Career in Tonga
Wood was born in Geelong, the son of Alfred Wood (1867–1941) and Janet nee Wemyss (1866–1959), who were Salvation Army officers. He was educated in Sydney and initially qualified as a barrister in Victoria.
Converting to Methodism, Wood was ordained a Methodist minister in 1924 and left immediately to a missionary appointment in the Kingdom of Tonga, where he was Principal of Free Wesleyan boys' boarding school Tupou College. Under his leadership, the school moved from Nuku'alofa to Nafualu and grew from 30 students to almost 400, becoming the biggest school in the country. At Wood's instigation, scholarships were offered by the Tongan government to enable students to further their education in Australia, or go to Fiji for medical training. Wood learned the Tongan language fluently and wrote (English-language) books on Tongan history and geography which, in the 2000s, are still used as secondary school textbooks. Wood was also responsible for the training in Tonga of candidates for church ministry. In their 13 years in the Pacific nation, Haloti 'Uti (Harold Wood) and his wife, 'Olife (Olive), developed a special fondness and love for the people and the country. Early on, he supported Queen Salote with legal advice in her work to reconcile two Methodist factions and became well acquainted with and respected by the Royal Family and others.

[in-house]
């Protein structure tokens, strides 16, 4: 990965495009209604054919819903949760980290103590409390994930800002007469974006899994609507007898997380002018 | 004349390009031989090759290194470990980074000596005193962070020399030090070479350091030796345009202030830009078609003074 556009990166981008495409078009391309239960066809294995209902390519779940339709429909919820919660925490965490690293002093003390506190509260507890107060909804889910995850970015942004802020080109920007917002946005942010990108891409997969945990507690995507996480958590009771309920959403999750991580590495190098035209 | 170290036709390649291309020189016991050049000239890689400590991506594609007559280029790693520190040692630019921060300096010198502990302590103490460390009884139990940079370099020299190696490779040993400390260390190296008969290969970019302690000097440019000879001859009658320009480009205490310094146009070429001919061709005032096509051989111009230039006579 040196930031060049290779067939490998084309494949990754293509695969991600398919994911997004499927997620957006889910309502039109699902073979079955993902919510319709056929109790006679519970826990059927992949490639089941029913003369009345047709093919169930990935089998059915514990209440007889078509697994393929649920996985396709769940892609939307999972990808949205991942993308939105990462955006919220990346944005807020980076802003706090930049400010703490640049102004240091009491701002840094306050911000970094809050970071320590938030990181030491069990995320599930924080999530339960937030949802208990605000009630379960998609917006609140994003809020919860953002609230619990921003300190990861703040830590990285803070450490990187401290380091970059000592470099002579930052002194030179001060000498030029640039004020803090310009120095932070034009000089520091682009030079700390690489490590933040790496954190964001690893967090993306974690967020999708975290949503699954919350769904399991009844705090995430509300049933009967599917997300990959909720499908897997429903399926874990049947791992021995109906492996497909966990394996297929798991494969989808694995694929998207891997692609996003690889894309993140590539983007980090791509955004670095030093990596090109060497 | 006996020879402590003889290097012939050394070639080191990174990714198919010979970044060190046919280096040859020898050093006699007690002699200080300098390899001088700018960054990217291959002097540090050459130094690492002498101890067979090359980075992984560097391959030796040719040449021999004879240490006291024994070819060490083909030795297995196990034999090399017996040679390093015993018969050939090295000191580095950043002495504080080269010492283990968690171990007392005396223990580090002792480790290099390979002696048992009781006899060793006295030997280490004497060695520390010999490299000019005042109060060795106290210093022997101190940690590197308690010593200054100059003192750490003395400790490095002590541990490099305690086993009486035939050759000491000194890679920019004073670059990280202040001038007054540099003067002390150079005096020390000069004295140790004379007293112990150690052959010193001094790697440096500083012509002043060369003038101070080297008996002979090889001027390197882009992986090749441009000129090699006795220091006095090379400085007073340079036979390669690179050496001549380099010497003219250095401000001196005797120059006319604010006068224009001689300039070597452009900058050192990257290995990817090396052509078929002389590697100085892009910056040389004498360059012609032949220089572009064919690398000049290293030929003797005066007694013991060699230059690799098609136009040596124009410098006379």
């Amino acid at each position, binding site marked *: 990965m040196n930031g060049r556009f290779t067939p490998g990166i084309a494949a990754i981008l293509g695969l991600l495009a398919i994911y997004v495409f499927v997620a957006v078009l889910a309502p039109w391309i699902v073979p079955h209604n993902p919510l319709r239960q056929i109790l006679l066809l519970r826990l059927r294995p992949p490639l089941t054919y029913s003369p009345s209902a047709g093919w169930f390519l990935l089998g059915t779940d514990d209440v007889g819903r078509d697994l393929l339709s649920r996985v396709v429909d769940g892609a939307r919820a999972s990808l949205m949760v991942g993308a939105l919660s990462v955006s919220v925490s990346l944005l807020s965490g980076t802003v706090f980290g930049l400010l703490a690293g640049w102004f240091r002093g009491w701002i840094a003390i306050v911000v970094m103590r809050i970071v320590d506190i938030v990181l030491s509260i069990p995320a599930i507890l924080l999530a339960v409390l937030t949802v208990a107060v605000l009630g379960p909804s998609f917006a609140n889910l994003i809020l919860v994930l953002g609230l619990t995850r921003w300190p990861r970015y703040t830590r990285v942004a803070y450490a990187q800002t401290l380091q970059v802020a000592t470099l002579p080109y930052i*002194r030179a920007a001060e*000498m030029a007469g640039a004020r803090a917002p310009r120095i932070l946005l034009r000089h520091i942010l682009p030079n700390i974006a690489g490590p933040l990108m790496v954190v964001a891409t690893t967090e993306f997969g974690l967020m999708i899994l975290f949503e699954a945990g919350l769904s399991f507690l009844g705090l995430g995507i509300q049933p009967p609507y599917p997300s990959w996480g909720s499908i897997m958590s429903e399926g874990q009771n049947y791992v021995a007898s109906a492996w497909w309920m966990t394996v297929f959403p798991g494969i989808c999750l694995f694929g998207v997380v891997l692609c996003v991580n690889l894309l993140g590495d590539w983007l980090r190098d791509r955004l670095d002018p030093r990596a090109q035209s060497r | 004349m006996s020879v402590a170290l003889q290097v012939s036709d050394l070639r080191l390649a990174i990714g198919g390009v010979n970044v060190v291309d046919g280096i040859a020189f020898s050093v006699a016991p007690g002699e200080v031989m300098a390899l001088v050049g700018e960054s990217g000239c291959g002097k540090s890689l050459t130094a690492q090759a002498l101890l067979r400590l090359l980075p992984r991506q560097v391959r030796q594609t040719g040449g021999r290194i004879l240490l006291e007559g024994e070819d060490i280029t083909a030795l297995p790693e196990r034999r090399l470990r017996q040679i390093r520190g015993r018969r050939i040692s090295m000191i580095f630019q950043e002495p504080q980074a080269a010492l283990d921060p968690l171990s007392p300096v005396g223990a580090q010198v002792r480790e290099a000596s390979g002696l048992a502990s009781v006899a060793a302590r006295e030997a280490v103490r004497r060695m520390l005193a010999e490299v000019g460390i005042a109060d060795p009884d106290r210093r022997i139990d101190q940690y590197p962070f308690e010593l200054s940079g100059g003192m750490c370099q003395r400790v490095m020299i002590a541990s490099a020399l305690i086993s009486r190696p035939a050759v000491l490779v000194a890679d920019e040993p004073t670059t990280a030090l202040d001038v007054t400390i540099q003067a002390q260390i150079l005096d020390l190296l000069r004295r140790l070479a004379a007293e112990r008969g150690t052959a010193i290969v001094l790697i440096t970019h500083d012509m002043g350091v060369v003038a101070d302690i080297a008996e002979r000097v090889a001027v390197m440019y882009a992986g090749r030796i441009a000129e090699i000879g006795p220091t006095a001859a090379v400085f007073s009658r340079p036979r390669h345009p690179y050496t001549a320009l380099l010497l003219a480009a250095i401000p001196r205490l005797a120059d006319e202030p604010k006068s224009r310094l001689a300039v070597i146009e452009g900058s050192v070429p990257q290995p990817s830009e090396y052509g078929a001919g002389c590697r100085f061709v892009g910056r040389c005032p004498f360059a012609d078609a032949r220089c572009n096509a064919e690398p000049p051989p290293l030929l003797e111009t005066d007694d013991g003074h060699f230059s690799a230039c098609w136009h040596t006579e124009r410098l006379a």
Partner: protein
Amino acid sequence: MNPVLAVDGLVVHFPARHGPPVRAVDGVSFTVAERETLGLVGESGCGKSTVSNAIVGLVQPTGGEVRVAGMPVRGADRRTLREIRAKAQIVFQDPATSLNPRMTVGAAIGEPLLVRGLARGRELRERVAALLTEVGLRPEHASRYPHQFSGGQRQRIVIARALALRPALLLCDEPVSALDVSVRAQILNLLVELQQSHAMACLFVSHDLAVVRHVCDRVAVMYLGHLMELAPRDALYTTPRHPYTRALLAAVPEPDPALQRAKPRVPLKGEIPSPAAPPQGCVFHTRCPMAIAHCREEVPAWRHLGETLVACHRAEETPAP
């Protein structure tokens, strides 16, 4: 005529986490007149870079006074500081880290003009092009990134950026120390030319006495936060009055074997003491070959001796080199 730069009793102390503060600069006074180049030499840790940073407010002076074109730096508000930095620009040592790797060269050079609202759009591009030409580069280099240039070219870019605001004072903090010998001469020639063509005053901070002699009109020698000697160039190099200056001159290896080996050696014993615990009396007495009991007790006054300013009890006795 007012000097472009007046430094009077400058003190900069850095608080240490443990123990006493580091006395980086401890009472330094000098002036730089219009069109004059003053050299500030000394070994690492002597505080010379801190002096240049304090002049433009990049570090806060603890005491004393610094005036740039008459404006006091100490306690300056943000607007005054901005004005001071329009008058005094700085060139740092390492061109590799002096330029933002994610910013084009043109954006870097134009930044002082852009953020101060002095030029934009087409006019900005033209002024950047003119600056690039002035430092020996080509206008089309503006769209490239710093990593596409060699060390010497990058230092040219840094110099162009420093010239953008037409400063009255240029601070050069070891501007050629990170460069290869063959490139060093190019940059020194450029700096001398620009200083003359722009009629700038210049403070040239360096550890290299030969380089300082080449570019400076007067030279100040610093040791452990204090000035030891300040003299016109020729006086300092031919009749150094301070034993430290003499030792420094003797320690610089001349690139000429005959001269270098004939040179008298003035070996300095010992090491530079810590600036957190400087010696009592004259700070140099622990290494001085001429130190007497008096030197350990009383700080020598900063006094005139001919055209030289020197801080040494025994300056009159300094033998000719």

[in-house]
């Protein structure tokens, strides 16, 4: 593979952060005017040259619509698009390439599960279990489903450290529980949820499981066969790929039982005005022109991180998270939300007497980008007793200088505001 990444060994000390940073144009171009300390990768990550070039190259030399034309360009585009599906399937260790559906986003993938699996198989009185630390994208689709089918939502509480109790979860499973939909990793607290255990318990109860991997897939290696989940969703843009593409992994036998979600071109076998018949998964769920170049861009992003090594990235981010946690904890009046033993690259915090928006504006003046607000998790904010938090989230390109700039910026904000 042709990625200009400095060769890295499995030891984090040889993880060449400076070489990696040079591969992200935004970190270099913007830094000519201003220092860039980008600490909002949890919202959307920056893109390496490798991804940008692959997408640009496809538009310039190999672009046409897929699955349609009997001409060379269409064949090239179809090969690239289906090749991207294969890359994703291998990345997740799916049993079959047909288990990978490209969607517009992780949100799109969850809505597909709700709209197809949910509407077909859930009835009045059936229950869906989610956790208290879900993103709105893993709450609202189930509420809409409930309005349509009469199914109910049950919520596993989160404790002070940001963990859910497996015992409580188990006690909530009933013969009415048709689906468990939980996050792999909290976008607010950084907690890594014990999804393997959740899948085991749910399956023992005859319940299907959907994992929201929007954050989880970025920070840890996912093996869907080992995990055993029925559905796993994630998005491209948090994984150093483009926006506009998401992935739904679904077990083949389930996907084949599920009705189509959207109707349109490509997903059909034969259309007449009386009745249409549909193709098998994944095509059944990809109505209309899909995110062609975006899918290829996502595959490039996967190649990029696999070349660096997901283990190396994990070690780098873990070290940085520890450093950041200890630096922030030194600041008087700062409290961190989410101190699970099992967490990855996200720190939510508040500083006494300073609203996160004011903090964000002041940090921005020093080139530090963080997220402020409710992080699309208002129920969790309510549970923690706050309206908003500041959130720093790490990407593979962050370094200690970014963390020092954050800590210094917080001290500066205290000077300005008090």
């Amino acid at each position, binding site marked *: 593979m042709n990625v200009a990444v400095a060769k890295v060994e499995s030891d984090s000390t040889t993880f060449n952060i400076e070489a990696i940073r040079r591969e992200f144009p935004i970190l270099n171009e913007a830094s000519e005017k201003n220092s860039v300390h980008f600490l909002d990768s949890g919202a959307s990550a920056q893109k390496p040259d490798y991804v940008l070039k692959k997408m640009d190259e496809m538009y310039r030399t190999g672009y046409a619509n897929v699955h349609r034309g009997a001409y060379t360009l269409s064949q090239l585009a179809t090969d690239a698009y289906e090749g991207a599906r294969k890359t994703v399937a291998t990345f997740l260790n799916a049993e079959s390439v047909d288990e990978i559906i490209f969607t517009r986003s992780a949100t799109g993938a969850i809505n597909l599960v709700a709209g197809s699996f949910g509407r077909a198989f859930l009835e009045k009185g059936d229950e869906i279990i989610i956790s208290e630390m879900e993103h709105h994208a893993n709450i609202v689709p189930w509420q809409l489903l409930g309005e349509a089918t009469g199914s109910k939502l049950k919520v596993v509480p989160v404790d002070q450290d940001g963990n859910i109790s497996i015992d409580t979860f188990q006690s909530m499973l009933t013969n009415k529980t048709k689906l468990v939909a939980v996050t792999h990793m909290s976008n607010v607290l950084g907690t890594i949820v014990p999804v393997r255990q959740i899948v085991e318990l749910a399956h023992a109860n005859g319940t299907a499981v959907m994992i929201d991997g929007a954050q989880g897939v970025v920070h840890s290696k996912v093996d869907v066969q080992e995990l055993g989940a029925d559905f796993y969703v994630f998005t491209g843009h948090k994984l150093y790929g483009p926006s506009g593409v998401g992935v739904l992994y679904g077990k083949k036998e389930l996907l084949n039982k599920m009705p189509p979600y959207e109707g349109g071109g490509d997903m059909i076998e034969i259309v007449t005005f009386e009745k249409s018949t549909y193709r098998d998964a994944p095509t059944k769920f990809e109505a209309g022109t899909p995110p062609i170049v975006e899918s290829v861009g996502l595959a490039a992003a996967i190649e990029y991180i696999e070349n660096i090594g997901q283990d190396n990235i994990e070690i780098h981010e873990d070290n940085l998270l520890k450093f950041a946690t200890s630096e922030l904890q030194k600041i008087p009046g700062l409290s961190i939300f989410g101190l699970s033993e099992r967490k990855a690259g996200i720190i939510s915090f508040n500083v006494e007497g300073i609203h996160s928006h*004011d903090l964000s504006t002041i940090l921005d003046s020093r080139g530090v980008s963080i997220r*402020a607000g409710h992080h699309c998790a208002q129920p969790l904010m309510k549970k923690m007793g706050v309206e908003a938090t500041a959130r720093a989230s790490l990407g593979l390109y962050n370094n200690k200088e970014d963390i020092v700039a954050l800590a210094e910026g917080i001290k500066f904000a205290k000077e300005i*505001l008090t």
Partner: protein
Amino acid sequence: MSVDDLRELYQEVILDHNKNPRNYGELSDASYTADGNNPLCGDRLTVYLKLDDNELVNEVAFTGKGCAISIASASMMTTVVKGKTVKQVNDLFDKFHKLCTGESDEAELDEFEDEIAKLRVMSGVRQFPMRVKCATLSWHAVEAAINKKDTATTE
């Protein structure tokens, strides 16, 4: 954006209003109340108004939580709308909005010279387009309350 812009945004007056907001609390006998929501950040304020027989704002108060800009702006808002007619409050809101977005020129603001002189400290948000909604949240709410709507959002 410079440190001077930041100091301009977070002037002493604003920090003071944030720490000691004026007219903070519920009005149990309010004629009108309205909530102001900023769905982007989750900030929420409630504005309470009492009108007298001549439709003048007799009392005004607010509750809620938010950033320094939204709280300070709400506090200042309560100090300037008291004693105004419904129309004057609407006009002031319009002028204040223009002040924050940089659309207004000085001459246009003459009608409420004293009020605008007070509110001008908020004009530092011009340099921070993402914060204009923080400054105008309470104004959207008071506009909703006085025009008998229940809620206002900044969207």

Career in Melbourne
Returning to Australia in 1937, Wood became principal of Methodist Ladies' College (MLC) in Kew, Victoria, from 1939 until his retirement in 1966. From 1966 to 1977 he served as a parish minister at Deepdene Methodist (now Uniting) Church in Nungerner Street, Deepdene, Melbourne, which he caused to be renamed St Paul's.
Wood attained a doctorate of Divinity in 1947, with a dissertation on church union (published as Unity Without Uniformity). He was President of the Methodist Church of Victoria and Tasmania in 1952–53 and President-General of the Methodist Church of Australasia 1957–60 (all while principal of MLC). An ardent advocate of church union, he lived to see the formation of the Uniting Church in Australia in 1977.
A renowned orator, Wood preached at least twice most Sundays and his sermons were frequently reported in the press. He was a regular at Speakers' Corner on the Yarra River, and a keynote speaker at the first National Christian Youth Convention, held in 1955. A vocal opponent of nuclear weapons, the Vietnam War and the White Australia policy, he was under ASIO surveillance from 1954 to 1972. Progressive in his day, he was never, however, a Communist.
Wood married North Shore medical doctor Olive K. O'Reilly in 1924. They had six children, all born in Tonga. After Olive's death in 1976, he married Dora Walker (1920–2014). His daughter Elizabeth Olive Wood (Elizabeth Wood-Ellem) was the author of a biography of Queen Salote of Tonga, his youngest daughter, Monica Wood, better known by her stage-name Monica Maughan, was an actor for over 50 years, and his younger son, the Revd H. D'Arcy Wood, was President of the National Assembly of the Uniting Church from 1991 to 1994.
Wood died in Melbourne in 1989, aged 93.
The mainly Tongan congregation in Auburn, New South Wales named their church after him: Harold Wood Auburn Uniting Church.